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May 26, 2019 | Why Debt Won’t Spark Inflation

  Modern technology was supposed to make travel less necessary. We can meet by phone, video, and now in virtual reality. But we’re still traveling more than ever. I certainly am. The reason is simple: Technology can’t yet replace face-to-face conversation, and especially group conversations. It is genetically hardwired in our species. We spend more […]

May 19, 2019 | Takeaways from the SIC

There are these two young fish swimming along, and they happen to meet an older fish swimming the other way, who nods at them and says, “Morning, boys, how’s the water?” And the two young fish swim on for a bit, and then eventually one of them looks over at the other and goes, “What […]

May 12, 2019 | Your Pension May Be Monetized

One difficulty in analyzing our economic future is the sheer number of potential crises. When so much could go wrong (and really right, when the exponential technologies I foresee get here), it’s hard to isolate, let alone navigate, the real dangers. We are tempted to ignore them all. Ignoring them is usually the right response, […]

May 5, 2019 | Time to Change Strategy

My recent letters described what I think the future will look like. I hasten to add, it isn’t what I think the future should look like or what I want to see. Almost the entire developed world has painted itself into a corner. It won’t necessarily be terrible. I don’t expect another Great Depression or […]

April 28, 2019 | How I Learned to Love the Debt

The US, Europe, and most of the developed world on are the road to Japanification. Like I wrote last week, we will see financial repression, ever increasing deficits, slower growth, etc. Essentially, the rest of us will begin to look like Japan with its astronomical deficits and ultra-dovish monetary policy. I tried to emphasize this […]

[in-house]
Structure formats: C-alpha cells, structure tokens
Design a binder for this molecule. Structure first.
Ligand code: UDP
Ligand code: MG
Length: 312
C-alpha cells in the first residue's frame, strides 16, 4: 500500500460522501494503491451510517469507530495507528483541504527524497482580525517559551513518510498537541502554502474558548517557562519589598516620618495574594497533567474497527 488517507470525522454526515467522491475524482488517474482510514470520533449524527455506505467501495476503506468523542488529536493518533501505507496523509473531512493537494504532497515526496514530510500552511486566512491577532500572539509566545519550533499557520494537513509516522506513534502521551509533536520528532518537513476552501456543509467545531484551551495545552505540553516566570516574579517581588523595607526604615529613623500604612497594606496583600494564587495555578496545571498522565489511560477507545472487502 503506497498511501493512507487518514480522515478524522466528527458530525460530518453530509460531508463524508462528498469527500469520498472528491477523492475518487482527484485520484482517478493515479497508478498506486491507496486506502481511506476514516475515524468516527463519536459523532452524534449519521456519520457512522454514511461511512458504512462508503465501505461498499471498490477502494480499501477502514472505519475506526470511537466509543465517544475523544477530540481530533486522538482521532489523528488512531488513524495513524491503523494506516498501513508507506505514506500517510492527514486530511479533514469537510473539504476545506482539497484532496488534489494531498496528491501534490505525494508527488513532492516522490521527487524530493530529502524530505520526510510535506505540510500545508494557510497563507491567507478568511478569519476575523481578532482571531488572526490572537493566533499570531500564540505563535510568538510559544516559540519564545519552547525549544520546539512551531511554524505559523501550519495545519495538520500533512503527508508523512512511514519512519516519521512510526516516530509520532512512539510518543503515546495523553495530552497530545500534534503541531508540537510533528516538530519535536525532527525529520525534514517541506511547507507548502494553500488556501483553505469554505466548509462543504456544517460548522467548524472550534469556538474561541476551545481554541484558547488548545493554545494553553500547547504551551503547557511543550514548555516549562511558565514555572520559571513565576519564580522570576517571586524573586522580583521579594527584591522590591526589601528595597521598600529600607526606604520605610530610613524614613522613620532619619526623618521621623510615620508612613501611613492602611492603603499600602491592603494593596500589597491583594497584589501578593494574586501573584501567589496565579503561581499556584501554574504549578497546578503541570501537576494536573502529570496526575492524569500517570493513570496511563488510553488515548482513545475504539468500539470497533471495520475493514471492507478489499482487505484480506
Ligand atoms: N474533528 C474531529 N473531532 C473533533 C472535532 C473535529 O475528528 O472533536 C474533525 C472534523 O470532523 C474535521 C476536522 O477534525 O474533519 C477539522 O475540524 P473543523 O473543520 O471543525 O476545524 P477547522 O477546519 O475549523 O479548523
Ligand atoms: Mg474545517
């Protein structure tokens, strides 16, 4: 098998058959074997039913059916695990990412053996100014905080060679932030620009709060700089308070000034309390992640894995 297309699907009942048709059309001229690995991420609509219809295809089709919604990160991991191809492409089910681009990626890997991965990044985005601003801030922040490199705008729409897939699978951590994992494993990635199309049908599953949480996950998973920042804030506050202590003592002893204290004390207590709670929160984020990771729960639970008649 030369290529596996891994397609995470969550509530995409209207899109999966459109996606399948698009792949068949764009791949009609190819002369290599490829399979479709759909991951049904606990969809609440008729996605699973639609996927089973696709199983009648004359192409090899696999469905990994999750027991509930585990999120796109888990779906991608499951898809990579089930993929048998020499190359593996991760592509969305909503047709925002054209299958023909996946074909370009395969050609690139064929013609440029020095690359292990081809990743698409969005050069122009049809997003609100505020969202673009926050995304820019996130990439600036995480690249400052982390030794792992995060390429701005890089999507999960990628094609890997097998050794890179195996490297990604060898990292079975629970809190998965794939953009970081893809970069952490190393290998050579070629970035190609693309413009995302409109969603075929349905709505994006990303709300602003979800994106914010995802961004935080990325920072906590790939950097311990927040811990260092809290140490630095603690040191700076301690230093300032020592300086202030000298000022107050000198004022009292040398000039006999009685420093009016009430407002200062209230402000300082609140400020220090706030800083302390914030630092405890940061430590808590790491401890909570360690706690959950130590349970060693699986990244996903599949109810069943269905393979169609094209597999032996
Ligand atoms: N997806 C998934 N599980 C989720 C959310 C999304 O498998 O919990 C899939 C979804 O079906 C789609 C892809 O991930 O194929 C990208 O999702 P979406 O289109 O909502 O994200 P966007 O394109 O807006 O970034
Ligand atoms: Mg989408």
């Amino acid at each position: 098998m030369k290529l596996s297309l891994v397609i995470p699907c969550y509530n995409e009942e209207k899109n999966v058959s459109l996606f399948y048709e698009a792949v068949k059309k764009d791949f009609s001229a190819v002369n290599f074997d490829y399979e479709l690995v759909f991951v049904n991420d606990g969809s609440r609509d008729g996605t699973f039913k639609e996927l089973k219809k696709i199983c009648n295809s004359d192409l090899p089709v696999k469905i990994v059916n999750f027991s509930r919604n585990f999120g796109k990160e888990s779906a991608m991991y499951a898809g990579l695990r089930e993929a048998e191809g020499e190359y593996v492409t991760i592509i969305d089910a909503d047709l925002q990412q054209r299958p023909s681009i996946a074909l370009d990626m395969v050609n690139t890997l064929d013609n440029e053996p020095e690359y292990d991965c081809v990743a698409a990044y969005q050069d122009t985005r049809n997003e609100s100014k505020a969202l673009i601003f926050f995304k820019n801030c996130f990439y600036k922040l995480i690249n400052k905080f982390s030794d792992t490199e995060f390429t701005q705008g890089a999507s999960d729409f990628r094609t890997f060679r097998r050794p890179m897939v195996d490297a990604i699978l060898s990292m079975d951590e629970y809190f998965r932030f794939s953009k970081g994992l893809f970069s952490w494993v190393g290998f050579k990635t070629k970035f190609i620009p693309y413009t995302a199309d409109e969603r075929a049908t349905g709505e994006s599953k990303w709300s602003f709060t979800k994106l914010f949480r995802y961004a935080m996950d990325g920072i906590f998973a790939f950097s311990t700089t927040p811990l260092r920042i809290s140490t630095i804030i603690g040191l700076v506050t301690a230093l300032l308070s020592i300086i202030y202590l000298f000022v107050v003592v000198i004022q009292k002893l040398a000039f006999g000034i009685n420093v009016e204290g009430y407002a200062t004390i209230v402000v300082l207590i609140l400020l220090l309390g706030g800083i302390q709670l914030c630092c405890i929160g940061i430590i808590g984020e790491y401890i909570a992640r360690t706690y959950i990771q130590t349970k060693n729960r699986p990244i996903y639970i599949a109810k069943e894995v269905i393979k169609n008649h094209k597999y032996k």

April 21, 2019 | The Rules Will Change but That’s (Probably) OK

“But the emperor has nothing at all on!” said a little child. “Listen to the voice of innocence!” exclaimed his father; and what the child had said was whispered from one to another. “But he has nothing at all on!” at last cried out all the people. The emperor was suddenly embarrassed, for he knew […]

April 14, 2019 | Japanified World Ahead

Regular readers may have noticed me slowly losing confidence in the economy. Your impression is correct and there’s a good reason for it, as I will explain today. The facts have changed so my conclusions are changing, too. I still think the economy is okay for now. I still see recession odds rising considerably in […]

April 7, 2019 | Capitalism Gone Wild

Recession is coming. We can debate the timing, but the economy will turn decisively downward at some point. My own analysis, looking at the data available on April 4, says recession isn’t likely this year but unfortunately looks very probable in 2020. In addition to when it will happen, there’s also the question of how […]

March 31, 2019 | Recession Signs Everywhere

This month, the Federal Reserve joined its global peers by turning decisively dovish. Jerome Powell and friends haven’t just stopped tightening. Soon they will begin actively easing by reinvesting the Fed’s maturing mortgage bonds into Treasury securities. It’s not exactly “Quantitative Easing I, II, and III,” but it will have some of the same effects. […]

March 24, 2019 | No Free Lunch, Part 2

Matching the stock market’s long-term average returns sounds like it should be easy, if you’re patient enough. But in fact it is remarkably difficult. In last week’s letter, Ed Easterling and I showed you why it is a longshot bet in almost every market environment. Returns over a decade or two are usually well above […]

March 17, 2019 | No Free Lunch: Valuation Determines Return

Last week, I described the enormous challenges retirees face. One reason for that, aside from insufficient savings, is that markets haven’t delivered the returns many experts said we could plan on. Back in the late 1990s, we were told that the long-term average return (~10%) was a reasonable long-term assumption—even if the market cooled down […]

March 10, 2019 | Retirement Isn’t Happening

I have long said I don’t want to retire. I enjoy my work. It’s not too physical, other than the travel (which is finally beginning to wear on me). Also, my savings are not yet sufficient to sustain the retirement lifestyle Shane and I want. I could retire now but would rather wait. Fortunately, I […]

March 3, 2019 | The Fed Is Playing a Dangerous Game

In an ideal world, we wouldn’t have to read the Federal Reserve’s rabbit entrails to discern the economy. But Since the Fed exists in the real world, and its decisions matter, we have to pay attention. Just so new and perhaps even old readers know my views on the Fed: I believe we need it […]